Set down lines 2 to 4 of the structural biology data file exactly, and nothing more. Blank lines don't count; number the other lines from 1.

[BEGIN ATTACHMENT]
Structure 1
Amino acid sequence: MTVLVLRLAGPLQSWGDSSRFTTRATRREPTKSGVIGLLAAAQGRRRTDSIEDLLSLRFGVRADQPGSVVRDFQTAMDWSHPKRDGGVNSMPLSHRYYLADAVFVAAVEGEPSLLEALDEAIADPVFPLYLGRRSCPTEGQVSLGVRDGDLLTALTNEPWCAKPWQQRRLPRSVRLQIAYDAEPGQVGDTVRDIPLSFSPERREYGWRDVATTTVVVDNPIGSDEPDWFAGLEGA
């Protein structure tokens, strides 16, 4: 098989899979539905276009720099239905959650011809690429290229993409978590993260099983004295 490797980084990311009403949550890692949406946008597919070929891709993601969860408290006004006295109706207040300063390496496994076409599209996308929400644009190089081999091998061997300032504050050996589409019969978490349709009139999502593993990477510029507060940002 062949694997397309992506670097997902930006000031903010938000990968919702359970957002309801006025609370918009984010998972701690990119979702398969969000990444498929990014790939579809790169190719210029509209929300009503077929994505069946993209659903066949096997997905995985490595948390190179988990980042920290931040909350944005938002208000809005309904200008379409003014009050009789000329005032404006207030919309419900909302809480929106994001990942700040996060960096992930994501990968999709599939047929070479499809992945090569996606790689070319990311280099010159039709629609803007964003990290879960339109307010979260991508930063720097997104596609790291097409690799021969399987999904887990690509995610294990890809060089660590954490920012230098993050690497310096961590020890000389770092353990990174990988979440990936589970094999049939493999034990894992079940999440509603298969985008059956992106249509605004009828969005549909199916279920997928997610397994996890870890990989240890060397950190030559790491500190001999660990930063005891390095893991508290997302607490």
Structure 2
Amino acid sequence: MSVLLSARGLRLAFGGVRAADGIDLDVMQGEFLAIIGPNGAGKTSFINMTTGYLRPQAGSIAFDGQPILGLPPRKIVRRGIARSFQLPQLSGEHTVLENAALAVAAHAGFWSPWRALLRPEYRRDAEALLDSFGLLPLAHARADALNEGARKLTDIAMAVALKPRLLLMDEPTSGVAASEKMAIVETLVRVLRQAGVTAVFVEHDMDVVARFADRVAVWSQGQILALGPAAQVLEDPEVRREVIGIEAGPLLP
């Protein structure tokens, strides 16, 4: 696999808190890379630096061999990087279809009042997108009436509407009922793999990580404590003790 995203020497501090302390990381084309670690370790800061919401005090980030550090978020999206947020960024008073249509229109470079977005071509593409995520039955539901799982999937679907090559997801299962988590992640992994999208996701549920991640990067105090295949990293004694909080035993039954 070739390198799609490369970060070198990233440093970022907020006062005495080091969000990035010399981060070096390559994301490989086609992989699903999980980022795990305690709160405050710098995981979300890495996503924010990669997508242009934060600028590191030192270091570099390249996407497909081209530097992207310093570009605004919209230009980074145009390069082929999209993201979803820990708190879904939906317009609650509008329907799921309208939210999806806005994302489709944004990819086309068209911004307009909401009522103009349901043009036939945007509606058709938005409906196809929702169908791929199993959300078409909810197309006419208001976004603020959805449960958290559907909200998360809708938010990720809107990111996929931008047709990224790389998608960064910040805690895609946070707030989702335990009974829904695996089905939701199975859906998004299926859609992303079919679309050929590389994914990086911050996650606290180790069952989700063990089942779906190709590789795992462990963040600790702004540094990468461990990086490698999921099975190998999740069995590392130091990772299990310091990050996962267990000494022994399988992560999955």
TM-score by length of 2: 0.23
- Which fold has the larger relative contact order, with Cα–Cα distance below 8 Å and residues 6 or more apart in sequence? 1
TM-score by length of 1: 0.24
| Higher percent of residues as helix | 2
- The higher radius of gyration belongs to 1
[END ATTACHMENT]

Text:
Amino acid sequence: MTVLVLRLAGPLQSWGDSSRFTTRATRREPTKSGVIGLLAAAQGRRRTDSIEDLLSLRFGVRADQPGSVVRDFQTAMDWSHPKRDGGVNSMPLSHRYYLADAVFVAAVEGEPSLLEALDEAIADPVFPLYLGRRSCPTEGQVSLGVRDGDLLTALTNEPWCAKPWQQRRLPRSVRLQIAYDAEPGQVGDTVRDIPLSFSPERREYGWRDVATTTVVVDNPIGSDEPDWFAGLEGA
């Protein structure tokens, strides 16, 4: 098989899979539905276009720099239905959650011809690429290229993409978590993260099983004295 490797980084990311009403949550890692949406946008597919070929891709993601969860408290006004006295109706207040300063390496496994076409599209996308929400644009190089081999091998061997300032504050050996589409019969978490349709009139999502593993990477510029507060940002 062949694997397309992506670097997902930006000031903010938000990968919702359970957002309801006025609370918009984010998972701690990119979702398969969000990444498929990014790939579809790169190719210029509209929300009503077929994505069946993209659903066949096997997905995985490595948390190179988990980042920290931040909350944005938002208000809005309904200008379409003014009050009789000329005032404006207030919309419900909302809480929106994001990942700040996060960096992930994501990968999709599939047929070479499809992945090569996606790689070319990311280099010159039709629609803007964003990290879960339109307010979260991508930063720097997104596609790291097409690799021969399987999904887990690509995610294990890809060089660590954490920012230098993050690497310096961590020890000389770092353990990174990988979440990936589970094999049939493999034990894992079940999440509603298969985008059956992106249509605004009828969005549909199916279920997928997610397994996890870890990989240890060397950190030559790491500190001999660990930063005891390095893991508290997302607490």
Structure 2